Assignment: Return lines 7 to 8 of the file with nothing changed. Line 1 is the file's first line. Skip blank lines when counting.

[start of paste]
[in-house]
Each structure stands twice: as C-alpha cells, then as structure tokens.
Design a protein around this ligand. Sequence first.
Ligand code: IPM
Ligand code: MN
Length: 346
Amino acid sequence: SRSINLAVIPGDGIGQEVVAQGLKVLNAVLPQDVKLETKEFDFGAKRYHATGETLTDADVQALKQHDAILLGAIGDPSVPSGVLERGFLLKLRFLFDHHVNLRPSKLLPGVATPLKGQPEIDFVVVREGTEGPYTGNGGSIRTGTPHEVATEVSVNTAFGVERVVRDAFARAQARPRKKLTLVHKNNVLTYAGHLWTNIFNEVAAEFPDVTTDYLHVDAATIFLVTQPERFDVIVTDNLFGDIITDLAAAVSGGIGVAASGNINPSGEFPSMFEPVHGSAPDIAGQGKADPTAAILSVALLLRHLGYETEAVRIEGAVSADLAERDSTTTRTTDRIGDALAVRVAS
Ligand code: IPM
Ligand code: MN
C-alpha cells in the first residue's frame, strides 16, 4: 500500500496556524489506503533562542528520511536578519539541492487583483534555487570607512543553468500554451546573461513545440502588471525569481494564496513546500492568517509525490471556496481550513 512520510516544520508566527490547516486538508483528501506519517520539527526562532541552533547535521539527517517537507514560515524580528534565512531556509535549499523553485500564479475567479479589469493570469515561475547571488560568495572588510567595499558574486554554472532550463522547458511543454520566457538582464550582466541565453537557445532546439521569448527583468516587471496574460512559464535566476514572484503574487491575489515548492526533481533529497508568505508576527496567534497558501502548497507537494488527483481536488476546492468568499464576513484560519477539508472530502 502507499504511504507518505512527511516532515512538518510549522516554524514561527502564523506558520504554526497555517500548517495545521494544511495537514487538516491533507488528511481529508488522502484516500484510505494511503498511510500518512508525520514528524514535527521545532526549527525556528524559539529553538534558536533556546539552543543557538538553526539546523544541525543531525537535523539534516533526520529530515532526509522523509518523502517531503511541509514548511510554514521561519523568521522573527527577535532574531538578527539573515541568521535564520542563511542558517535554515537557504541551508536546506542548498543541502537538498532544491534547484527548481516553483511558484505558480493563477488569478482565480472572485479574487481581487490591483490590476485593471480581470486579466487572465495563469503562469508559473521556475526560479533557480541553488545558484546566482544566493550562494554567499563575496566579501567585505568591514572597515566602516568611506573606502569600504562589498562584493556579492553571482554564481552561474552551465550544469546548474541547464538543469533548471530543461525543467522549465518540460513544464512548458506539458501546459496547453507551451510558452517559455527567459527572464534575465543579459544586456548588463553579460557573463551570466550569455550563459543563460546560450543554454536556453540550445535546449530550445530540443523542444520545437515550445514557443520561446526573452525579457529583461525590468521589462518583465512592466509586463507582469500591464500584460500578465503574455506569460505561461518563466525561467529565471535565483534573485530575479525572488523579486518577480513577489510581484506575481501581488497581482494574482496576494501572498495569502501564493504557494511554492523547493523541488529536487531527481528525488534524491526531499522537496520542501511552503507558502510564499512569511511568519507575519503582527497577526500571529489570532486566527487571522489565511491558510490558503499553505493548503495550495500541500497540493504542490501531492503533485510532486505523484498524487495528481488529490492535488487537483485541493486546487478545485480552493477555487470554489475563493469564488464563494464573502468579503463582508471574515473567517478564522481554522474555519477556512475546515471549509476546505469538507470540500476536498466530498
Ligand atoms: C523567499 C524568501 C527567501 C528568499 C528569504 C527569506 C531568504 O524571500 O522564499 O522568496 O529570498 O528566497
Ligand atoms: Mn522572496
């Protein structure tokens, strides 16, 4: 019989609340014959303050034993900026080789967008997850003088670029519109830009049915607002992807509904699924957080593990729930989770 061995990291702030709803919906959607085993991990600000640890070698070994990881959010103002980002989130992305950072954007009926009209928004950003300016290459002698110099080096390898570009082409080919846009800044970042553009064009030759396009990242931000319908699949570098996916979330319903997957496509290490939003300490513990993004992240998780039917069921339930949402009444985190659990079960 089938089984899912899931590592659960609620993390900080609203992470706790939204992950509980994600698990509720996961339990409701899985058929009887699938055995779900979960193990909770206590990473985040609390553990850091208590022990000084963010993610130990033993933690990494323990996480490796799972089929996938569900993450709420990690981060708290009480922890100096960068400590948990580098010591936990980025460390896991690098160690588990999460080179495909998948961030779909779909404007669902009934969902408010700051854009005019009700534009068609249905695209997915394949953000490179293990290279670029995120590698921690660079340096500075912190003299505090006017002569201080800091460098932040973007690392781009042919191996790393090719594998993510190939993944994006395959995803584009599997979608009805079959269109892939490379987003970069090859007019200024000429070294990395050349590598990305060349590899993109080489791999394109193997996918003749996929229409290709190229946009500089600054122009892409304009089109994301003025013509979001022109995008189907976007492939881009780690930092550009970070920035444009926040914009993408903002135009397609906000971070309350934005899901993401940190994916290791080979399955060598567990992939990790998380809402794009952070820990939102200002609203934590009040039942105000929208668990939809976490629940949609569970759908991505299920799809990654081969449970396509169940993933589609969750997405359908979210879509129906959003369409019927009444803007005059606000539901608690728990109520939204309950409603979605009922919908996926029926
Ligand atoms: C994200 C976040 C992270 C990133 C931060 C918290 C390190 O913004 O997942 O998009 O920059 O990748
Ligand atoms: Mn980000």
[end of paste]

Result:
Amino acid sequence: SRSINLAVIPGDGIGQEVVAQGLKVLNAVLPQDVKLETKEFDFGAKRYHATGETLTDADVQALKQHDAILLGAIGDPSVPSGVLERGFLLKLRFLFDHHVNLRPSKLLPGVATPLKGQPEIDFVVVREGTEGPYTGNGGSIRTGTPHEVATEVSVNTAFGVERVVRDAFARAQARPRKKLTLVHKNNVLTYAGHLWTNIFNEVAAEFPDVTTDYLHVDAATIFLVTQPERFDVIVTDNLFGDIITDLAAAVSGGIGVAASGNINPSGEFPSMFEPVHGSAPDIAGQGKADPTAAILSVALLLRHLGYETEAVRIEGAVSADLAERDSTTTRTTDRIGDALAVRVAS
Ligand code: IPM